Gigabit ethernet needs stuffing with to be useful
Gigabit ethernet won't actually help much, although GbE does have the nice property of allowing a standard patch cable to be used to interlink the two interfaces (in fact a typical 10Base-T/100Base-TX crossover cable won't work for 1000Base-T).
The reason GbE isn't as useful as you'd hope is that the TCP buffers in Windows Xp are pitifully small at 12KB, which is adequate for dialup or a 10Base-T LAN but nothing faster or further away. When Xp came out they wanted to make it use as little kernel memory as possible, and they certainly wouldn't have been happy about the 4MB or more needed to keep a then-exotic GbE network interface card supplied with TCP data.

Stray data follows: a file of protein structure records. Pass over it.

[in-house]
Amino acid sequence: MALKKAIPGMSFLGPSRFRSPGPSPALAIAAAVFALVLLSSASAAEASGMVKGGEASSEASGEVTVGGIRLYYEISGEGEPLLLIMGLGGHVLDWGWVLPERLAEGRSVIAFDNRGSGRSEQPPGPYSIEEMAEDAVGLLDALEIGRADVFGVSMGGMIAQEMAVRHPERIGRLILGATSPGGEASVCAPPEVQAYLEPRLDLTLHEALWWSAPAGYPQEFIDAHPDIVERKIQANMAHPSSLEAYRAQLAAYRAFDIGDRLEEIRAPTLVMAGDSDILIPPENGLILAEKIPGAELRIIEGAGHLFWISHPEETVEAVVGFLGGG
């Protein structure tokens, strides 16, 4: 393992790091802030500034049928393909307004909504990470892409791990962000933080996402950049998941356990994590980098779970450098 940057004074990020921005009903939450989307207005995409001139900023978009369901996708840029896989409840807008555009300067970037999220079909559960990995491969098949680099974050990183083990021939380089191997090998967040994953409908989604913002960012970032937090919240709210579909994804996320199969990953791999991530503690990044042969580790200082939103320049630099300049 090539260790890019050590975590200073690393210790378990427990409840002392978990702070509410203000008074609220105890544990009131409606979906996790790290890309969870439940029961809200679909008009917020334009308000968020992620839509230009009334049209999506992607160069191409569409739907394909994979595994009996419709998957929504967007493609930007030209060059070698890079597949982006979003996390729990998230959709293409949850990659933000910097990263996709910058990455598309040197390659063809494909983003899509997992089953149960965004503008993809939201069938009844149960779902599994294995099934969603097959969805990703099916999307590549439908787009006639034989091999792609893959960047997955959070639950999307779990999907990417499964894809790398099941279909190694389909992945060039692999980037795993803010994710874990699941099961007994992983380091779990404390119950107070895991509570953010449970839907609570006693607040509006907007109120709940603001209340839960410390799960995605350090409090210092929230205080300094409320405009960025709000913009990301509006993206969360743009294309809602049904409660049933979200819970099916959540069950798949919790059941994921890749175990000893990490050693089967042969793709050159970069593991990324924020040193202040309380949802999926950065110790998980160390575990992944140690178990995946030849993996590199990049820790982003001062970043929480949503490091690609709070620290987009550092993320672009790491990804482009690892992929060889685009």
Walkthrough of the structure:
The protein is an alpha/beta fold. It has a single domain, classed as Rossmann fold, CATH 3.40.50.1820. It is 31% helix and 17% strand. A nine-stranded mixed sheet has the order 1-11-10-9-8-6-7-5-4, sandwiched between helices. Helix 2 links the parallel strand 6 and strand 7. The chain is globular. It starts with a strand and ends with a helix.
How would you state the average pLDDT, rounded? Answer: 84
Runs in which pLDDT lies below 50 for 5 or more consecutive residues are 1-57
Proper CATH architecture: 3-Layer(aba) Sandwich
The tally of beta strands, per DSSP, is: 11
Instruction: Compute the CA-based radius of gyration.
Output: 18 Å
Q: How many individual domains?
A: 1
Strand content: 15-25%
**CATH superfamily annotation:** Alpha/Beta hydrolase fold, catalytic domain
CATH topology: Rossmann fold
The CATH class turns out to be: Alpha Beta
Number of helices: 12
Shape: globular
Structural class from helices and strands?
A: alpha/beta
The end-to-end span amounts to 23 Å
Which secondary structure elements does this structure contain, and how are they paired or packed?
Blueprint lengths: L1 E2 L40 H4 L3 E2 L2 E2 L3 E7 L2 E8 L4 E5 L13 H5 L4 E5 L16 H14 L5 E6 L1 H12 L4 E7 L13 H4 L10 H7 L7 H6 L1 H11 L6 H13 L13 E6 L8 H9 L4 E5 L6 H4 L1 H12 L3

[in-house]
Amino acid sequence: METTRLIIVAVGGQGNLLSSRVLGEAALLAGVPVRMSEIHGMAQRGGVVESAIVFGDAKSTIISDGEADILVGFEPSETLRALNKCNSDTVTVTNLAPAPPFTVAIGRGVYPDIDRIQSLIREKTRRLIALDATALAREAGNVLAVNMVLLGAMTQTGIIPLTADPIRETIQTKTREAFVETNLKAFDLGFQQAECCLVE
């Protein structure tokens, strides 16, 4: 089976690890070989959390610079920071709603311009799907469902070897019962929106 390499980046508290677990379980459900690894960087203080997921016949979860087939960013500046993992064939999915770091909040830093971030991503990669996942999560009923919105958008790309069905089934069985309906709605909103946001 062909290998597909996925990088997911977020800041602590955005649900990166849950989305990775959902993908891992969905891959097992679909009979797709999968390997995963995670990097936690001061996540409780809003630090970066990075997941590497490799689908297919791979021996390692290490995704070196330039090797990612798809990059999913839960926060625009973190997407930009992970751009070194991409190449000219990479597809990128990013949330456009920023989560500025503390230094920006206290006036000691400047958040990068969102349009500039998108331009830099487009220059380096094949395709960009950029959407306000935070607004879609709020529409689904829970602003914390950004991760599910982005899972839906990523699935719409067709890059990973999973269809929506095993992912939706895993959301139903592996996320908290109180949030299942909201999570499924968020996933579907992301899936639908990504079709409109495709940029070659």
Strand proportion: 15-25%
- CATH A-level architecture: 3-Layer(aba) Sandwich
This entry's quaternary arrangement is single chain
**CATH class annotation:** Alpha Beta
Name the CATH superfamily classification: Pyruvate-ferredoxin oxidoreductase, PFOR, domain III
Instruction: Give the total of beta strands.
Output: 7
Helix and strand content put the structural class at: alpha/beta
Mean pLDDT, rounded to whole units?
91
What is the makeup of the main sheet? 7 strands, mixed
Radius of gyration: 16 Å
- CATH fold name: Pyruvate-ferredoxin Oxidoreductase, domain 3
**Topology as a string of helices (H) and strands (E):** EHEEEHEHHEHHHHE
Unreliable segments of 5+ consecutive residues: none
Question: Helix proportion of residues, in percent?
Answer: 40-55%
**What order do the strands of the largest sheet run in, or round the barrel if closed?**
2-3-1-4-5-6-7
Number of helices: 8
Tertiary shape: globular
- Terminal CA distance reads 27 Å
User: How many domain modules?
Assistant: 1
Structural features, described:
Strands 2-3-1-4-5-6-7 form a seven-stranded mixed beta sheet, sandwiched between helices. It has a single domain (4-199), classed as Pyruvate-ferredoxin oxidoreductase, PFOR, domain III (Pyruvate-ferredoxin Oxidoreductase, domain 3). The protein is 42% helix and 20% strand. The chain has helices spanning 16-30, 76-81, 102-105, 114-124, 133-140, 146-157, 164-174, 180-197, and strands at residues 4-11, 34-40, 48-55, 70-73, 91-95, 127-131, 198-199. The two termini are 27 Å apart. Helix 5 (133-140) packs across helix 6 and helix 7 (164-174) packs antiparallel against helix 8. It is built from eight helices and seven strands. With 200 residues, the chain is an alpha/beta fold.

Pittsburgh Supercomputing Center have a good guide to tuning operating systems for network throughput. See http://www.psc.edu/networking/projects/tcptune/
Naturally the change on Microsoft operating systems varies by service pack and requires registry devilry and a reboot.